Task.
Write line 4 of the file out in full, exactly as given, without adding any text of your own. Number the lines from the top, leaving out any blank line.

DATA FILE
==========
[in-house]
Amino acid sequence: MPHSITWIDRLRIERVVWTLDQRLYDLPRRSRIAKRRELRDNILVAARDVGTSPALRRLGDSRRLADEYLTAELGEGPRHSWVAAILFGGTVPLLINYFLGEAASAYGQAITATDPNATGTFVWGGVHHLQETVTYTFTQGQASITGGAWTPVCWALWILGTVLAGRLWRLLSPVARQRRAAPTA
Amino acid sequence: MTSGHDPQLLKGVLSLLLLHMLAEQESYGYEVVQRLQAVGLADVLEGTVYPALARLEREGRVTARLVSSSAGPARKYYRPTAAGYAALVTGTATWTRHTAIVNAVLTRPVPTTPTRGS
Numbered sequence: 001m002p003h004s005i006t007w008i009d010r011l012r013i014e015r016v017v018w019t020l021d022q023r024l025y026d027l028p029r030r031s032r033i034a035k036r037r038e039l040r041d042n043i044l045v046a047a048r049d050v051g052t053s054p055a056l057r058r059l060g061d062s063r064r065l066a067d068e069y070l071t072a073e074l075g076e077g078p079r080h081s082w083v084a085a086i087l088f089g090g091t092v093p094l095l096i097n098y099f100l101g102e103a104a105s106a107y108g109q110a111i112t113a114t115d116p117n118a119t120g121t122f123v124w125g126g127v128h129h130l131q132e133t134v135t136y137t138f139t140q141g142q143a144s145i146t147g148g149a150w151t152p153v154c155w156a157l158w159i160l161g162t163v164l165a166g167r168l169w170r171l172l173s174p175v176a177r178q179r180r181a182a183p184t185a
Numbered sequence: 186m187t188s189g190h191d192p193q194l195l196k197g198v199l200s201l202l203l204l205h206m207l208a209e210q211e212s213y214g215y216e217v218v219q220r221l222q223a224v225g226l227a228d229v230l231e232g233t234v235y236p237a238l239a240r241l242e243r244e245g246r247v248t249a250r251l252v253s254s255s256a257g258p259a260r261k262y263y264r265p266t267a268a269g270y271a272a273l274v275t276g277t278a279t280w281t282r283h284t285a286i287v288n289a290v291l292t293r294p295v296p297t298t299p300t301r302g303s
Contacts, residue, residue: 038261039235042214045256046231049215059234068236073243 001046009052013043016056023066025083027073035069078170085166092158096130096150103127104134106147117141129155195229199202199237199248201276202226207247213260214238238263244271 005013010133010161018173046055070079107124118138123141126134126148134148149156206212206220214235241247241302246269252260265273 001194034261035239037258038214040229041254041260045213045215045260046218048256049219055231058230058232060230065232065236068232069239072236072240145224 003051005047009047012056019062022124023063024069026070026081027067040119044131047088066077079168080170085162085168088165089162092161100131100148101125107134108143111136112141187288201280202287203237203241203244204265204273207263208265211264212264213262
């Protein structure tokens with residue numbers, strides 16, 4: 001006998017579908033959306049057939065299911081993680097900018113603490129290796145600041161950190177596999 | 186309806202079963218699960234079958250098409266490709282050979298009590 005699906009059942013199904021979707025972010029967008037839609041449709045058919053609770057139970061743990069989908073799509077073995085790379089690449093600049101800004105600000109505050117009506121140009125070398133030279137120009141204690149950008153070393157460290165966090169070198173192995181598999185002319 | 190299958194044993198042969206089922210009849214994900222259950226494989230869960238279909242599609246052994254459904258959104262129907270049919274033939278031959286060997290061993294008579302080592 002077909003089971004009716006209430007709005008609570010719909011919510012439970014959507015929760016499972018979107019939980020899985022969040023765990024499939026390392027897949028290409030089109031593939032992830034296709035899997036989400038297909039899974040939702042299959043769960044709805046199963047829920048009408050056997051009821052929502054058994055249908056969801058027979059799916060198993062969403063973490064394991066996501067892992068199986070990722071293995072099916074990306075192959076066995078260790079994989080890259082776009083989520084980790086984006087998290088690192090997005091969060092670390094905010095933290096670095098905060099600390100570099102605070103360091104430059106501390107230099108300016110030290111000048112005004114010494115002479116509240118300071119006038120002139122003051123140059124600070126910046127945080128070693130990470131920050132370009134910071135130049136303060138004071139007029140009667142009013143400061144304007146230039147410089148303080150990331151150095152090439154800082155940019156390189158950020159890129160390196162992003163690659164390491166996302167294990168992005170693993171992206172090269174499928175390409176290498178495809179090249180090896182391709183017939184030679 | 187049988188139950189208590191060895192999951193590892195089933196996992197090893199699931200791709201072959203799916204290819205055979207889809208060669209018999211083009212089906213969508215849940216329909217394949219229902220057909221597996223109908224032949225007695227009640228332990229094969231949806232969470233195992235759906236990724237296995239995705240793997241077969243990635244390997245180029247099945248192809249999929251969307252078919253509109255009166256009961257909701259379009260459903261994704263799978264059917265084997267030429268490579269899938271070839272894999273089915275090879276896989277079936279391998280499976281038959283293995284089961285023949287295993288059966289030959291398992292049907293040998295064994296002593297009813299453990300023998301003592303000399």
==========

Numbered sequence: 001m002p003h004s005i006t007w008i009d010r011l012r013i014e015r016v017v018w019t020l021d022q023r024l025y026d027l028p029r030r031s032r033i034a035k036r037r038e039l040r041d042n043i044l045v046a047a048r049d050v051g052t053s054p055a056l057r058r059l060g061d062s063r064r065l066a067d068e069y070l071t072a073e074l075g076e077g078p079r080h081s082w083v084a085a086i087l088f089g090g091t092v093p094l095l096i097n098y099f100l101g102e103a104a105s106a107y108g109q110a111i112t113a114t115d116p117n118a119t120g121t122f123v124w125g126g127v128h129h130l131q132e133t134v135t136y137t138f139t140q141g142q143a144s145i146t147g148g149a150w151t152p153v154c155w156a157l158w159i160l161g162t163v164l165a166g167r168l169w170r171l172l173s174p175v176a177r178q179r180r181a182a183p184t185a